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Wednesday, October 26, 2011

THE HAGSTONE DEMON -- DVD review by porfle

As aesthetically pleasing as it is blood-chilling, director Jon Springer's THE HAGSTONE DEMON (2011) often looks like an art film with its lush black-and-white photography and creative camera angles.  But instead of pretense, director Jon Springer has infused this Gothic horror tale with a queasy sense of unease dotted by moments that are genuinely unsettling.

Mark Borchardt stars as Douglas Elmore, a former journalist who's now the caretaker for a spooky old apartment building scheduled to be demolished.  As the last tenants reluctantly prepare to vacate, Elmore becomes involved with a homeless girl named Karna (Nadine Gross) squatting in a basement apartment.  Her increasingly strange behavior is somehow linked to Elmore's visions of his dead wife Julia, who committed suicide after they took part in a Satanic ritual which was supposedly meant to enable them to have a child. 

The gangly, long-haired Borchardt has perhaps the least refined acting style of the otherwise excellent cast, but this fits his unassuming and somewhat listless character.  His manner initially suggests that the film is going to be a dry spoof of the genre, especially when an eccentric old lady reads his fortune after he fixes her plumbing in an amusing opening scene.  But any deadpan humor derived from these characters serves only as a stark contrast to the dark events to follow.

Karna's involvement with an unearthly-looking man and her calculated sexual advances toward Elmore lead us deeper into the mystery surrounding the Hagstone building.  Haunted by his wife's apparition, Elmore lapses into weird dreams (which are in vivid color) and has a vision of being forced to partake in yet another ritual while drugged.  Then some of the building's tenants start to turn up dead. 

Springer directs all of this with an artist's eye while the black-and-white photography reflects a number of influences, from the shadowy beauty of film noir to the morbid nightmarishness of David Lynch's ERASERHEAD.  The cemetery scenes look like something out of Romero's NIGHT OF THE LIVING DEAD. 

A major influence seems to be the low-budget cult classic CARNIVAL OF SOULS--the look and atmosphere are often similar, while Elmore's confusion about what's happening around him is heightened as his world becomes increasingly dreamlike.  We even get the occasional strain of creepy organ music.  The most striking similarity comes when Elmore is sitting in his car at night, and Springer shocks us out of our seats with a shot that almost mirrors one of the scariest moments in the earlier film.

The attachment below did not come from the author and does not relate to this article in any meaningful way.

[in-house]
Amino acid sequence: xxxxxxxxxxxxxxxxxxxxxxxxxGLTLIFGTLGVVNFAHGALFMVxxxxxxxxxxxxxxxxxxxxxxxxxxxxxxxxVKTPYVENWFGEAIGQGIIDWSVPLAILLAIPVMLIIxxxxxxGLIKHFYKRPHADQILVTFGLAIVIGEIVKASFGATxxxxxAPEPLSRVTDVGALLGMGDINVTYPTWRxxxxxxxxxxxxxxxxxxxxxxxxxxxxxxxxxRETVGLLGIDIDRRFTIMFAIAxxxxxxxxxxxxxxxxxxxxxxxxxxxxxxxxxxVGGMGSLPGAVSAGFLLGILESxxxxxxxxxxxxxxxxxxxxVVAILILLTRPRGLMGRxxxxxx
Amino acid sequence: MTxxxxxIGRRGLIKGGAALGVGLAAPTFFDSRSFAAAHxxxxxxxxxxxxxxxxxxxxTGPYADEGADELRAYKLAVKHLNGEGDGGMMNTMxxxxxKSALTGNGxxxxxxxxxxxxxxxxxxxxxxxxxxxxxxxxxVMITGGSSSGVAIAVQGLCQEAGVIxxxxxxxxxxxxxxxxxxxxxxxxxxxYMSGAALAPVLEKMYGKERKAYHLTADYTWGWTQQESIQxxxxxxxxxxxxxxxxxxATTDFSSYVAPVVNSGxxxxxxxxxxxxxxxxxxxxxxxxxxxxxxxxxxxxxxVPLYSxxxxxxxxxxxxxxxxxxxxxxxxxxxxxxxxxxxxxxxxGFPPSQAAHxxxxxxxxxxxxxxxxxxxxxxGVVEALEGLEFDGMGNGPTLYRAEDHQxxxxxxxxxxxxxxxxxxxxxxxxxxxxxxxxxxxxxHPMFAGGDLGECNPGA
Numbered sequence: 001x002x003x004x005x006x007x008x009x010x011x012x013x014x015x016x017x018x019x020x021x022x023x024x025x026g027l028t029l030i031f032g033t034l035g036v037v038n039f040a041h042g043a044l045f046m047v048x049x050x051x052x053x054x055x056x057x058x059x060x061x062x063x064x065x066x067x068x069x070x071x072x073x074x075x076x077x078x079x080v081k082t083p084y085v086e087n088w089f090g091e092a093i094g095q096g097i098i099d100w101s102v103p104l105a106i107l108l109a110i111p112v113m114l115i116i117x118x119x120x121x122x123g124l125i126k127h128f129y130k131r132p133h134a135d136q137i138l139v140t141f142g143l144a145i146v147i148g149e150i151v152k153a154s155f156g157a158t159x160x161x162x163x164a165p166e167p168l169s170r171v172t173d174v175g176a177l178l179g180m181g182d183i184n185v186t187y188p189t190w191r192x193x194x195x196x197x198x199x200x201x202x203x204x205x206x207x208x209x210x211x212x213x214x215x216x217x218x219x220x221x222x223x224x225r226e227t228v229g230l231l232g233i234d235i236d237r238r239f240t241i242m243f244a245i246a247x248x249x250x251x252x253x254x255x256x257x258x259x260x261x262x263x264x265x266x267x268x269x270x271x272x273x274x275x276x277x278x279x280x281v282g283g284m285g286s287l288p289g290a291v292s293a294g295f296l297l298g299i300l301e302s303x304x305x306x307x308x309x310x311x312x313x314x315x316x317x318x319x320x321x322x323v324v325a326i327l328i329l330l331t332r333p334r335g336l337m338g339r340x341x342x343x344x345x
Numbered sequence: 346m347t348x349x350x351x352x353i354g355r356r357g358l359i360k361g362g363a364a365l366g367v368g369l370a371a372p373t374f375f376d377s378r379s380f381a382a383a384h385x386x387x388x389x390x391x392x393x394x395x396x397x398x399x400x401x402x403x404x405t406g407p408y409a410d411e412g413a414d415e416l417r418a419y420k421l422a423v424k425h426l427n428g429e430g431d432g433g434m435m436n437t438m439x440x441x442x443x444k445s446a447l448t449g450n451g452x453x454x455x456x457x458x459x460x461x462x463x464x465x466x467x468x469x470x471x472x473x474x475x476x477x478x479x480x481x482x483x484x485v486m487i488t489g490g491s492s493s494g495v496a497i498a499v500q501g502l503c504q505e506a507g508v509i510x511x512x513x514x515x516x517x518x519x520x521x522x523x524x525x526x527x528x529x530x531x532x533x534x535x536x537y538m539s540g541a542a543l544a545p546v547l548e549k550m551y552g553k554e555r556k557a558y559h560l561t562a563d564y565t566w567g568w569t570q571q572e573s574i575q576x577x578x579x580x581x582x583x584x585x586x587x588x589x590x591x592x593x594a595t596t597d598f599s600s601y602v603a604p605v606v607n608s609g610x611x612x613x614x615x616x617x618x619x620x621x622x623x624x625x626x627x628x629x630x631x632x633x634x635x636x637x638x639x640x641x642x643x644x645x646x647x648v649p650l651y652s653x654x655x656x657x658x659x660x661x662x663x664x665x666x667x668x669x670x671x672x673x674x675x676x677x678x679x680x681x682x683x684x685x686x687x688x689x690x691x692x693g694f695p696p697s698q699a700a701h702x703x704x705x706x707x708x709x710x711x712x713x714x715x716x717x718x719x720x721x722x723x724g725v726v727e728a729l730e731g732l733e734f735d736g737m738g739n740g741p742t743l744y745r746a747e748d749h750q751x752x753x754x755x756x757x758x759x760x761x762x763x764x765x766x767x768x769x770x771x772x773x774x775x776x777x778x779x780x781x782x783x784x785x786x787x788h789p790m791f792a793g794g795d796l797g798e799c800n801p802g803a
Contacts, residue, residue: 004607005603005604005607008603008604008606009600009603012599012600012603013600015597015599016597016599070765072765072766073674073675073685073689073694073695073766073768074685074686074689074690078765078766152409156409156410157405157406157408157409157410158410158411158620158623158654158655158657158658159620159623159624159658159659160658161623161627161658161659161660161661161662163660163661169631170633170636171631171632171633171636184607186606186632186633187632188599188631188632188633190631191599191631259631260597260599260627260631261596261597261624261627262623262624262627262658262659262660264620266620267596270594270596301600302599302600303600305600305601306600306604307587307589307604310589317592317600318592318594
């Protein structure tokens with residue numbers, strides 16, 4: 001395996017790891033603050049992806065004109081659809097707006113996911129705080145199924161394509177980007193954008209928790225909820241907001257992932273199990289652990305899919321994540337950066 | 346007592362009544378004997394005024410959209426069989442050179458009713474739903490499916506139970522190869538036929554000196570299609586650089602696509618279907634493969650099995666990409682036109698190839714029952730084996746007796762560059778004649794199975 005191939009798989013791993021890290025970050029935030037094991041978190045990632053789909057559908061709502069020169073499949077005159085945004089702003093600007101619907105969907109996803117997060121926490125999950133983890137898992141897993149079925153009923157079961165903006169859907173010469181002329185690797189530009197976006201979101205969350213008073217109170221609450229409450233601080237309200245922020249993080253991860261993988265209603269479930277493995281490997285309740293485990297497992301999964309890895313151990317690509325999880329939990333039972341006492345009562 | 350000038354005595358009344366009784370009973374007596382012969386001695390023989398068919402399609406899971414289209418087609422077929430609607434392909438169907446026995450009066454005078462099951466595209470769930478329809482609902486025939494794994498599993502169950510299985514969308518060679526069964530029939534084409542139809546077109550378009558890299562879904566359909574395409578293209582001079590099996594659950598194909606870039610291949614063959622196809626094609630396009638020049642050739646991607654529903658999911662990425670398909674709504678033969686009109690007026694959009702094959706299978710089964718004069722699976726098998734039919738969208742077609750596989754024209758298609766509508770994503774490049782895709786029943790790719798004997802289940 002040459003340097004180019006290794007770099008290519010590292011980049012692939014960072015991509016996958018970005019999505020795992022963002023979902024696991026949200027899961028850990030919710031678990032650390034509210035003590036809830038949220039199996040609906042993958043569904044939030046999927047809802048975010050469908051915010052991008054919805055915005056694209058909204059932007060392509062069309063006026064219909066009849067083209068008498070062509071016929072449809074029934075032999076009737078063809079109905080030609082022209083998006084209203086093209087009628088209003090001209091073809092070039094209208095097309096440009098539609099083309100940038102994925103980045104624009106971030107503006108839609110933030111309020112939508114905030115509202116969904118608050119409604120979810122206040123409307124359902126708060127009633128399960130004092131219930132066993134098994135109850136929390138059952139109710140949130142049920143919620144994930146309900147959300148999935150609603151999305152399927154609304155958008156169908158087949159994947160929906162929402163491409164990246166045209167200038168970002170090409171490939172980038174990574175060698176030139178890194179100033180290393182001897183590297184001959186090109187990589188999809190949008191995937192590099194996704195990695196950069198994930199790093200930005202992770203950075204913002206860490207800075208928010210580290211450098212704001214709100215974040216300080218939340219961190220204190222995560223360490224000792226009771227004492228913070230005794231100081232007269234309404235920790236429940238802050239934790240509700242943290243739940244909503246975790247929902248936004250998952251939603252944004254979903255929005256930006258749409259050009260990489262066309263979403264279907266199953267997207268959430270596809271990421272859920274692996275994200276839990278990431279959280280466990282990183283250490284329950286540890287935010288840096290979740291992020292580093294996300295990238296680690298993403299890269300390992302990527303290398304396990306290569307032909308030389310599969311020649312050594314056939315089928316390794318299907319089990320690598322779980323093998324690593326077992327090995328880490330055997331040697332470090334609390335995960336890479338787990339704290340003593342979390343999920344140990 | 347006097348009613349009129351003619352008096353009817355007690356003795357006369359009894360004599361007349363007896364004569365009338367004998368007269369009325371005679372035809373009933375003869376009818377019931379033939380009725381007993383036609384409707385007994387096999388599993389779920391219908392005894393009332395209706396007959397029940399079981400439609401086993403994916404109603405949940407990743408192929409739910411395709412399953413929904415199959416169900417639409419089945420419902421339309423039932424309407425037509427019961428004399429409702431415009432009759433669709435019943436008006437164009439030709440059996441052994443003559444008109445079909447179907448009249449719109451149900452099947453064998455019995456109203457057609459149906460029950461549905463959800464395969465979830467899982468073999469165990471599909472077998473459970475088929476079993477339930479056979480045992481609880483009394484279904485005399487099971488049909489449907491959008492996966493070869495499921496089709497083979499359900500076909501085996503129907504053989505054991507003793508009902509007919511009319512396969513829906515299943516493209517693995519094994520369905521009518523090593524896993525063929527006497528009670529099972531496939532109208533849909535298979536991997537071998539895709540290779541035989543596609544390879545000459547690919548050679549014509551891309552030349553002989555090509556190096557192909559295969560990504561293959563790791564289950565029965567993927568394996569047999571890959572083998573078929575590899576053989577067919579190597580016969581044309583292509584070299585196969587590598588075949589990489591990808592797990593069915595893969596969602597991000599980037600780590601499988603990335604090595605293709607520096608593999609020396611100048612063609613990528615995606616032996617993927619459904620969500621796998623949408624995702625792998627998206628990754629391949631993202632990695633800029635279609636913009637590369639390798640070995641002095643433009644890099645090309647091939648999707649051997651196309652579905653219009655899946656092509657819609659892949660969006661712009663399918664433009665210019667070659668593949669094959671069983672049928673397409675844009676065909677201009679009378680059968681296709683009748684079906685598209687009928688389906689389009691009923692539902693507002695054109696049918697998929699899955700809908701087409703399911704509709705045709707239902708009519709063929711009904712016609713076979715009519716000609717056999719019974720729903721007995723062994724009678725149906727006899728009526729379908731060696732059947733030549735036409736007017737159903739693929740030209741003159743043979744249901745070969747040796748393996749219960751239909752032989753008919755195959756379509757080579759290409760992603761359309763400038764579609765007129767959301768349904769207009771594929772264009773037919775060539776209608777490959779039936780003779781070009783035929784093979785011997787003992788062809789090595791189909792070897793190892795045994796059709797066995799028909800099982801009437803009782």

As Elmore's past sins begin to catch up with him, he enlists the aid of his brother-in-law, a young priest named Carl (Sasha Andreev), and his pretty neighbor Barbara (Cyndi Kurtz), who's inexplicably attracted to him, in an attempt to confront the evil infesting the Hagmore.  What follows is a series of bizarre and frightening setpieces including a frenzied possession scene and a really disturbing foray into the dark crawlspace beneath the building.  Here, Springer deftly pulls off a number of bloodcurdling shocks along with some horrifically haunting imagery that should give you an acute case of the shivers.

The supporting cast is top-notch, with standouts including Nadine Gross' intense performance as Karna, Marilyn Murray's endearingly eccentric Mrs. Brennan, and Jay Smiley as excitable oddball Mr. Thompson.  Andreev and Kurtz are capable as Elmore's allies against evil, while Gizelle Erickson, who plays the dead Julie, is a highly expressive presence.  The film is stocked with numerous other interesting players who add to the overall atmosphere.

The DVD from Pacific Entertainment is in widescreen with Dolby 5.1 surround sound.  There are no subtitles.  Along with an odd commentary by Springer and star Mark Borchardt (which often has little or nothing to do with the film), extras include a creepy 20-minute Springer short film called "Dollface", a video interview with Borchardt, behind-the-scenes photos and illustrations, deleted and alternate scenes, and trailers.

It's one thing when a film is this interesting to look at, but when it also comes through with as much spooky ambiance and nerve-rattling scares as THE HAGSTONE DEMON, it's a keeper.  Or at least worthy of a rental.  Either way, fans of old-fashioned Gothic horror should definitely check it out.

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